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Alpha and Beta Testing in Software Testing

Alpha and Beta Testing in Software Testing

Alpha and Beta testing are two types of acceptance testing that take place at the end of the software development life cycle 🔁 Both types help to validate that the product is ready for deployment to production. Let’s dive in and understand what each type of testing represents, how to perform them, the benefits they bring, and the main differences between the two.

What Is Alpha Testing?

The ISTQB definition for alpha testing is simulated or actual operational testing by potential users, or an independent test team at the developers’ site, but outside the development organization. Alpha testing is often employed for commercial off-the-shelf software as a form of internal acceptance testing.

Alpha testing is a subset of acceptance testing, which is performed by internal team members. The tests might be performed on builds that are not yet 100% stable. It’s performed before the beta version is released. There are two phases for alpha testing:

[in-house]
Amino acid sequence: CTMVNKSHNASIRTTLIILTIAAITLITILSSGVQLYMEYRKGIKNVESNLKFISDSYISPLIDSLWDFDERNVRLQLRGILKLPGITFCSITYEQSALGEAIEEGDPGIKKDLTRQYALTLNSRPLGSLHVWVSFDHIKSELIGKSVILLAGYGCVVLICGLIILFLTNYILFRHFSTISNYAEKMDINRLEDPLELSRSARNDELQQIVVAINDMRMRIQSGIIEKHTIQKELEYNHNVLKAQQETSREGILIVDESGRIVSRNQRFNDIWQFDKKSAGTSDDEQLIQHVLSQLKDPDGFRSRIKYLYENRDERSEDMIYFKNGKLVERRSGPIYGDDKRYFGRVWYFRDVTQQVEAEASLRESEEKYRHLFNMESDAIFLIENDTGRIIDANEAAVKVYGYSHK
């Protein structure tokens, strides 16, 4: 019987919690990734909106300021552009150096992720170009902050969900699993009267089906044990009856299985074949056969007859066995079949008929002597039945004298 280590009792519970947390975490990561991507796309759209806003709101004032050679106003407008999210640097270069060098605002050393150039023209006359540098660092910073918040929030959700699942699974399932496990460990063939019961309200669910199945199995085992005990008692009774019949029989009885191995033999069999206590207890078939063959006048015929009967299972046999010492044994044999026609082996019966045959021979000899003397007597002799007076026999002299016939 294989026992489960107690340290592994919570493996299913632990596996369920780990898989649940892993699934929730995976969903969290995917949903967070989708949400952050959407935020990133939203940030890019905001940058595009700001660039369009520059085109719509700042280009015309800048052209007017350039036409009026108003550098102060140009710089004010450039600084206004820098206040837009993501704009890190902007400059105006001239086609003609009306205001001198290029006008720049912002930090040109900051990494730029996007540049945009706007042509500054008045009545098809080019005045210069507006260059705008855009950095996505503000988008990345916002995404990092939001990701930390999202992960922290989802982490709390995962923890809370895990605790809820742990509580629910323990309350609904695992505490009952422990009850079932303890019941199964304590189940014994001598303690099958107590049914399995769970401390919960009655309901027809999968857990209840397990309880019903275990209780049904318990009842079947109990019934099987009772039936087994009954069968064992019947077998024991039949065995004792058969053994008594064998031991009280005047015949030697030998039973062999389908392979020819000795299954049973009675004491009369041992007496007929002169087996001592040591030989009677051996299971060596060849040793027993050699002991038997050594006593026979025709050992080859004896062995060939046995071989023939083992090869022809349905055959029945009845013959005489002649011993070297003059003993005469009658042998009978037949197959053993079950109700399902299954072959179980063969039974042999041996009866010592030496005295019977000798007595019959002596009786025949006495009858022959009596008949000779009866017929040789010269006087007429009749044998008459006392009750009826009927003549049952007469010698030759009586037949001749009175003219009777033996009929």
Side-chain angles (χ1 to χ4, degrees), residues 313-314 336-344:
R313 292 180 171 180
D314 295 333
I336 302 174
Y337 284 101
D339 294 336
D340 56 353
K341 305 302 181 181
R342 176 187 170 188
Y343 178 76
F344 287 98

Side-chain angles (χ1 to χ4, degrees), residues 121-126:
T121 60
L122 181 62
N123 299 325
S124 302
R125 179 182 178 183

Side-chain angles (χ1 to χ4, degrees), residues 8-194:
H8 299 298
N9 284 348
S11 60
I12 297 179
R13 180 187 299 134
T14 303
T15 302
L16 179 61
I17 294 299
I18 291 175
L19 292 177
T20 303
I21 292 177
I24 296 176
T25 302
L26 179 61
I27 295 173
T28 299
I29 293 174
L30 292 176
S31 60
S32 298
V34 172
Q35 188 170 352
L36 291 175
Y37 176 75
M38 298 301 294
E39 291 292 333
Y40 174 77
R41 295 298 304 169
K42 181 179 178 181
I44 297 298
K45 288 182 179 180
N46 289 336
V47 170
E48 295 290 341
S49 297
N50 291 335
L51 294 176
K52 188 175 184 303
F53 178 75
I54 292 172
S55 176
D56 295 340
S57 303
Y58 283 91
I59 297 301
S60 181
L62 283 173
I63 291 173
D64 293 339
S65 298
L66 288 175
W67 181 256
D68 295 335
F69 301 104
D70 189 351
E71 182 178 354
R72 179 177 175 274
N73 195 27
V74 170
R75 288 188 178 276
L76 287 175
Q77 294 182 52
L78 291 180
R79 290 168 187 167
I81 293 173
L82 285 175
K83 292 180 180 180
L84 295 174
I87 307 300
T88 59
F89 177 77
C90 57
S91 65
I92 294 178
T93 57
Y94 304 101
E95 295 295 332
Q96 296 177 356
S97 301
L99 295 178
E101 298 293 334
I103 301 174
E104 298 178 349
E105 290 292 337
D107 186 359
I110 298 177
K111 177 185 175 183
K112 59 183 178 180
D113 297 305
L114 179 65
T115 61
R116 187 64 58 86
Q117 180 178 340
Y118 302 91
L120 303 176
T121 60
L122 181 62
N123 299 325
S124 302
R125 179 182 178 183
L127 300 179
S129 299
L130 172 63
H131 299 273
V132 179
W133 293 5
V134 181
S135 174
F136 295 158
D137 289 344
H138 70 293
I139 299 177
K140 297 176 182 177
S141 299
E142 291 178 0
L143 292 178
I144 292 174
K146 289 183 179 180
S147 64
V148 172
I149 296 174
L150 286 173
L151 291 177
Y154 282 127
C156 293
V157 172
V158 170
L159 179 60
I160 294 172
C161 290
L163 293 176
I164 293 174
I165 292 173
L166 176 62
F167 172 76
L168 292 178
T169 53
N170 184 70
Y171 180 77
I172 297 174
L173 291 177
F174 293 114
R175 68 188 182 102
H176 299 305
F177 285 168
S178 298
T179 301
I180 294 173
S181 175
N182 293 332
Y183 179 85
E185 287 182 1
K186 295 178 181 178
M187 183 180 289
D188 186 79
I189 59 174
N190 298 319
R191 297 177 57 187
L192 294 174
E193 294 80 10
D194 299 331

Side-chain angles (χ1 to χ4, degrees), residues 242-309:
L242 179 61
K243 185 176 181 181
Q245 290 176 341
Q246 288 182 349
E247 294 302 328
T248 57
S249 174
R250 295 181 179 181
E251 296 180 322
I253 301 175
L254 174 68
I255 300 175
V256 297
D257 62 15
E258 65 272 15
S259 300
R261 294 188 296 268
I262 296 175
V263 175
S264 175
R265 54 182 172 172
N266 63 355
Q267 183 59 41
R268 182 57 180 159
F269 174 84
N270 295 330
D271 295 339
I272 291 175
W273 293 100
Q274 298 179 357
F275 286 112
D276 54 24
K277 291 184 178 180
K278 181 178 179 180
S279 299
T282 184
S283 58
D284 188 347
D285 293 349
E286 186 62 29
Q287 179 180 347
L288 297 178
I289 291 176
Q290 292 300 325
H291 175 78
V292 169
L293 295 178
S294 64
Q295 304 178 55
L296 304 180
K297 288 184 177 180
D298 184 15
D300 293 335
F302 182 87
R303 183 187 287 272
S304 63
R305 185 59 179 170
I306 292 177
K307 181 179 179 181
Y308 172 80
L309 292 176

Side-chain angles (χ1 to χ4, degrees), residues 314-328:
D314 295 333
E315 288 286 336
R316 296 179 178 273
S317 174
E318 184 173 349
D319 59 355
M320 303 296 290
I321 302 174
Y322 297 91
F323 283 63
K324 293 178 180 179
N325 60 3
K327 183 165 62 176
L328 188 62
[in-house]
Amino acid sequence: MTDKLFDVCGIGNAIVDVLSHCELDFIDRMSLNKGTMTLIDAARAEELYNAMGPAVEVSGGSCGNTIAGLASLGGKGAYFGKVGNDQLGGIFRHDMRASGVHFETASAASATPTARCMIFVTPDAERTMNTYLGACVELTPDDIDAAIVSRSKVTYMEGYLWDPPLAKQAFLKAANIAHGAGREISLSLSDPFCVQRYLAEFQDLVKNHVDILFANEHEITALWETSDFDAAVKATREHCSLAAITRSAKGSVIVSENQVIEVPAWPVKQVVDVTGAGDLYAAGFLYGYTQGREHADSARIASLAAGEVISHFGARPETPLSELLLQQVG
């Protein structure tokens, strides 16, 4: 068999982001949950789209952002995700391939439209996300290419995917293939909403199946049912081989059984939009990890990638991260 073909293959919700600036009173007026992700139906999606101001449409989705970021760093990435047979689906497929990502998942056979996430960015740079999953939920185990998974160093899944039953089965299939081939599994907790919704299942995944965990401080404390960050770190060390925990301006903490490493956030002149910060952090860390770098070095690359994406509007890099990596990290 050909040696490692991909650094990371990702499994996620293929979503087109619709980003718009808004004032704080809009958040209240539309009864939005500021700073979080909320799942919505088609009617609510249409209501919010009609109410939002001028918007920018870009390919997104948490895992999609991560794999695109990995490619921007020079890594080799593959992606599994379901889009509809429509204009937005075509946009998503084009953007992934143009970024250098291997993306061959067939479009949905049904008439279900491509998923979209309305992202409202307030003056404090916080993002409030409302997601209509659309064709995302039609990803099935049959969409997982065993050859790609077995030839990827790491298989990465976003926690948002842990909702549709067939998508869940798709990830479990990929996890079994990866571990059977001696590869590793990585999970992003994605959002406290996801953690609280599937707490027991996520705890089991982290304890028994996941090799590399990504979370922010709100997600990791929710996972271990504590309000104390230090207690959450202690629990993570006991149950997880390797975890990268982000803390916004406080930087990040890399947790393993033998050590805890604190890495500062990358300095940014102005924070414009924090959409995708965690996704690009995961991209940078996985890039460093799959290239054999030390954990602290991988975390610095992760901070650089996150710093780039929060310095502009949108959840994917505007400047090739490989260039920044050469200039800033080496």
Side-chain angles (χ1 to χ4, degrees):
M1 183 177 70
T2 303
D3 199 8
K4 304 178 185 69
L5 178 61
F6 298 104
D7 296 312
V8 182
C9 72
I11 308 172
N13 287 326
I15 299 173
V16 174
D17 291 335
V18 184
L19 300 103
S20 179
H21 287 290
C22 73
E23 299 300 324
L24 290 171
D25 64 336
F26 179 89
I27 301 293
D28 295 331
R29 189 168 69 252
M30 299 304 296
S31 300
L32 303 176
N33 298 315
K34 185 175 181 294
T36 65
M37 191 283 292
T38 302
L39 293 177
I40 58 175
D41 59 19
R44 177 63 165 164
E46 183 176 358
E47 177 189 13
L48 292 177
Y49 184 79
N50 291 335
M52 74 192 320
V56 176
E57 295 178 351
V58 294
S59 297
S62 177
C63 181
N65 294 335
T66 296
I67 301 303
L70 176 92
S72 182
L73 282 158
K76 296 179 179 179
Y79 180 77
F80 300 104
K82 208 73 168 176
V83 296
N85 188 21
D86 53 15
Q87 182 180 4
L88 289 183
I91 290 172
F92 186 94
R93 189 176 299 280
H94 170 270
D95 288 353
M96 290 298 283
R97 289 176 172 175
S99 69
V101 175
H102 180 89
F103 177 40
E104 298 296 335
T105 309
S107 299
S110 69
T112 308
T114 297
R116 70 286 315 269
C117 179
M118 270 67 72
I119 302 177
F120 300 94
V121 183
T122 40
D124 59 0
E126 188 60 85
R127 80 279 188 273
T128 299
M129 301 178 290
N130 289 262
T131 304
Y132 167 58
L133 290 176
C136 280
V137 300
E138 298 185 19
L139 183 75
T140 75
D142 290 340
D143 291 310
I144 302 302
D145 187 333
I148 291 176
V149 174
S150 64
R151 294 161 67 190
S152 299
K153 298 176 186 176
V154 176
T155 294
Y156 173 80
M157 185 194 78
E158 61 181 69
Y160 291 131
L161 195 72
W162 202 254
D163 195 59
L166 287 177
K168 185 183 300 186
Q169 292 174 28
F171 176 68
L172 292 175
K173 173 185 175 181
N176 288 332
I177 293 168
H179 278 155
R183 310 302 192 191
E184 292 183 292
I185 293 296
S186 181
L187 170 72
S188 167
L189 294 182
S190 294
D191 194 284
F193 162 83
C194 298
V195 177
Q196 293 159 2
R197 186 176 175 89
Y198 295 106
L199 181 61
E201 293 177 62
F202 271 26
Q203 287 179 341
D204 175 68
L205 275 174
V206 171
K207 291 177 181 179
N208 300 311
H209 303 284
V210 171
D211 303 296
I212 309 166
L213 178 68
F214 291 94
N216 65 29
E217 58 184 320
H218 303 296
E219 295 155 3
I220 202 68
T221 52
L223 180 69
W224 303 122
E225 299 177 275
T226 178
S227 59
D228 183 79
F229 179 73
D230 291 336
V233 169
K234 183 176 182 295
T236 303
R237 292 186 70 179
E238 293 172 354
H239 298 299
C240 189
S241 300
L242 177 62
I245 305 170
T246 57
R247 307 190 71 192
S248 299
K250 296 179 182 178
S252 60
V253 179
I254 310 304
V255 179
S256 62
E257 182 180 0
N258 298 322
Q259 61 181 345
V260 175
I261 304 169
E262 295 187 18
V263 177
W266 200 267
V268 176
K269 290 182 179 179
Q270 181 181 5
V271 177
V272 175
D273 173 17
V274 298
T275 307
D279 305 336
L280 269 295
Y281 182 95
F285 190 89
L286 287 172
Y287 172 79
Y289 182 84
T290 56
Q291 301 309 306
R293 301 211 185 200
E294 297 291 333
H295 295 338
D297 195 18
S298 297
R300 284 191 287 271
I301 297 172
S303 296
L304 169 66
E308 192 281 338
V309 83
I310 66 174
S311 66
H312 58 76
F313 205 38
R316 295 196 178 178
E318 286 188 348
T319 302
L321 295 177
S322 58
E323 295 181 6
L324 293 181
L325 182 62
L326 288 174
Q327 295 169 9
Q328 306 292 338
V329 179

• The first phase is performed mainly by the development team. It includes white-box testing, and the objective is to identify major bugs that might prevent the application from performing the intended functionalities.
  • The second phase is done by the QA team, and the main goal is to identify bugs, using typical user scenarios. The tests are run in a testing environment, usually using limited sets of test data.

Because the testing takes place in a testing or staging environment, the fixes can usually be done quickly ⏰

Benefits of Alpha Testing

  • Provides a clearer picture of the software’s dependencies at an early stage.
  • Helps build confidence in the product before the release of a beta version for testing.
  • Simulates user behavior and environments.
  • Ability to spot bugs in design and functionality early on, before reaching a larger audience, i.e. when launched for beta testing.
  • Helps to understand the aspects that impact the effective launch of the application.
  • Because it uses both black-box and white-box testing methods, it provides thorough results.

Entry Criteria

There are some conditions that should be met before the alpha testing phase can start. These are:

  • All of the functionalities are ready for testing.